Overall, I’d say working with your partner is quite a different way of interacting than usual. Typically when you’re in a workplace, most people’s experience of you is as a work colleague and sometimes later as a friend. Whereas when you’re working with a partner, you have to balance being a work colleague with their experience of you outside of the office.
I actually found it strange at first when I joined Mindfulness Everywhere, as if I was being unnatural, in a way I hadn’t felt in other roles. For example, early on I found my usual way of being quite open about giving my thoughts and feedback on a project or way of working wasn’t welcomed and I started holding back. I realised that me giving feedback seemed like I was criticising something which Rohan had worked so hard on – it wasn’t intended that way – but it was something that had to be navigated.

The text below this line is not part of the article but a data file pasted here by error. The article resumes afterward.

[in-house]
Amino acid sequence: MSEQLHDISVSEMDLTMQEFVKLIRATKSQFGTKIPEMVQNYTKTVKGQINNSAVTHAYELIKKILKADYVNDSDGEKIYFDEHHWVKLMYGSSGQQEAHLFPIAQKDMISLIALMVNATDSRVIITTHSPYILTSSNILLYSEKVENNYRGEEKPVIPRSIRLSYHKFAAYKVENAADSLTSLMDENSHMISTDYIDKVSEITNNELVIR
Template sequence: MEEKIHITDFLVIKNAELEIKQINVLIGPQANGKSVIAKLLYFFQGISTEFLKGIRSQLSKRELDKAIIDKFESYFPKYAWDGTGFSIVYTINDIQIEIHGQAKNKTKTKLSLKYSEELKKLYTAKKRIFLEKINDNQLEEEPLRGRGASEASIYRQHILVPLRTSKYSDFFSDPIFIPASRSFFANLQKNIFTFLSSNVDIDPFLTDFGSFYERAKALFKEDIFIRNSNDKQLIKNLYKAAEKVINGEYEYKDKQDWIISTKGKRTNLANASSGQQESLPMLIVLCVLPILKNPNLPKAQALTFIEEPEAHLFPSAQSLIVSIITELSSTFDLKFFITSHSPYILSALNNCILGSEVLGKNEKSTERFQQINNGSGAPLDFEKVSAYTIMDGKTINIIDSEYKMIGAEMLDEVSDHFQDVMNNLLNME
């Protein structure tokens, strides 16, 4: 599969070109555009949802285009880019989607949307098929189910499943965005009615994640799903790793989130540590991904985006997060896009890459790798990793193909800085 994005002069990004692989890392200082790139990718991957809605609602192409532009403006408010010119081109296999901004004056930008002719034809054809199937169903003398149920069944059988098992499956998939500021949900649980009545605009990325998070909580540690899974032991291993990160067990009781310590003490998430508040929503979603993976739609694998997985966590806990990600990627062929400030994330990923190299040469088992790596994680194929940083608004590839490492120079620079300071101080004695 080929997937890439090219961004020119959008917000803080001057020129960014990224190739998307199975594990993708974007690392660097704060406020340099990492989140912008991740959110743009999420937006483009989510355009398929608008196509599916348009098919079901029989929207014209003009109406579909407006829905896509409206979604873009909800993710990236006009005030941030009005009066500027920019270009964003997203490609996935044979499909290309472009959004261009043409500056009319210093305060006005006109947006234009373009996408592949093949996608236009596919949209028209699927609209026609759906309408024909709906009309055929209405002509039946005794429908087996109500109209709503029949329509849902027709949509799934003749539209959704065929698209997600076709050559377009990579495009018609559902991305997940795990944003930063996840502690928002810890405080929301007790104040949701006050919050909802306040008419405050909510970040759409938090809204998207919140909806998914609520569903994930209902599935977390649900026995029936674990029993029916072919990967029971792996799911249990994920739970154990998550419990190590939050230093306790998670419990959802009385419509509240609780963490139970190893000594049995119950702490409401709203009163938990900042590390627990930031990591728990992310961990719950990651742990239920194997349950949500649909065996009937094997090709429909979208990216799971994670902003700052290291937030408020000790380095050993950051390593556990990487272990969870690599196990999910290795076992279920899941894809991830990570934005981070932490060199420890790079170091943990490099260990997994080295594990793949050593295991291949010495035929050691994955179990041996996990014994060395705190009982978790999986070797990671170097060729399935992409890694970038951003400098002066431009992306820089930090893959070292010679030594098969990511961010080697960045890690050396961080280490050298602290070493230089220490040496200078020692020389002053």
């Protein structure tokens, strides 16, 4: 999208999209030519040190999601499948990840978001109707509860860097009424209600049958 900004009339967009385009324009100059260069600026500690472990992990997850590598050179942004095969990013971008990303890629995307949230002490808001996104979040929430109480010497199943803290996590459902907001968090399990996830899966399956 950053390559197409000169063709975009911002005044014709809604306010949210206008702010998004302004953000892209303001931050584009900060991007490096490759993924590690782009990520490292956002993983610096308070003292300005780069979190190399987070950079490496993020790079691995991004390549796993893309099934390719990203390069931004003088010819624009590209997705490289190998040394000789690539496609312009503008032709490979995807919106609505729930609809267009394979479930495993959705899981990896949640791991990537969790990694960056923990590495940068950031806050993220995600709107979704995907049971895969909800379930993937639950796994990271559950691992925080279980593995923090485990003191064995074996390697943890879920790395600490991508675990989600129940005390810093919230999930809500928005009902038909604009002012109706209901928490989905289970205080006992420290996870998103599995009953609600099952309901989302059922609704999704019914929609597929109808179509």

It didn’t start out perfectly, but we’ve resolved this now. As time progressed (and possibly with a baby in the mix along the way), we’d discussed these experiences of our interactions to find a way that works for us. I wasn’t going to stop having thoughts and feedback, so we had to find a way to make this ok. Rohan likes to say he got over himself, but I certainly became more aware of certain boundaries, and the team got bigger which meant there was also just more discussion about everything Mindfulness Everywhere.
I don’t know the last time I felt the need to blow off steam about work. Yes, running a business has stress associated with it: decisions to make, knowing your family’s livelihood is dependent on the success of the business, and never really being able to step away for a decent break, but ultimately it’s never the tear your hair out and need to vent kind of stress. This was surprising to me. I really think it comes from the sense of shared responsibility with your partner — you are both in it together. With that in mind you, we can run the business how we want to run a business and consequently we have a lot of control over our work life.
So if you’re out there and thinking of setting up a business with your partner, or one of you already has a business and plan to bring them in… here are four things worth reflecting on…